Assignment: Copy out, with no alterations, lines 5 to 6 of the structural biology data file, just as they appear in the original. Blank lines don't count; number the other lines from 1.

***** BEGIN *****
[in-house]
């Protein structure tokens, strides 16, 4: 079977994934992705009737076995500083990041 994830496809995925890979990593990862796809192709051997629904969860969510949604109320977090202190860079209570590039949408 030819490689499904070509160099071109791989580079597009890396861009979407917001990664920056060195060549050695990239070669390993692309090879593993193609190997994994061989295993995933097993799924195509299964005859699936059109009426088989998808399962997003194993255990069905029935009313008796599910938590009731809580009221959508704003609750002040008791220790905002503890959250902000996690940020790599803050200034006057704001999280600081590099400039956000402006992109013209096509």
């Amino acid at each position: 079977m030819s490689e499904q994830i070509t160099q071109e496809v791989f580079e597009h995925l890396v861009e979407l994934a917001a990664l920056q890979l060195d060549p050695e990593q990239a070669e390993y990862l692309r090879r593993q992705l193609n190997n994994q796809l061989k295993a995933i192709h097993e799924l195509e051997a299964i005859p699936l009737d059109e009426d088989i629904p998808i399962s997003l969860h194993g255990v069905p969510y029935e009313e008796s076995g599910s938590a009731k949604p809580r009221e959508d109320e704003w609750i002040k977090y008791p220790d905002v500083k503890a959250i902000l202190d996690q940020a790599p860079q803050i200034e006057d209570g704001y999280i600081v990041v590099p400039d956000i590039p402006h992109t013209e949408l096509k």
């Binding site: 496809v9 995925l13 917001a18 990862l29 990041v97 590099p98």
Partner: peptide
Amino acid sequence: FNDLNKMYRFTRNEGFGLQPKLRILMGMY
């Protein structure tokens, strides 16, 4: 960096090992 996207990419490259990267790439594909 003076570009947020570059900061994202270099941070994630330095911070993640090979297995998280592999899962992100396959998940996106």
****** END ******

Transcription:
Partner: peptide
Amino acid sequence: FNDLNKMYRFTRNEGFGLQPKLRILMGMY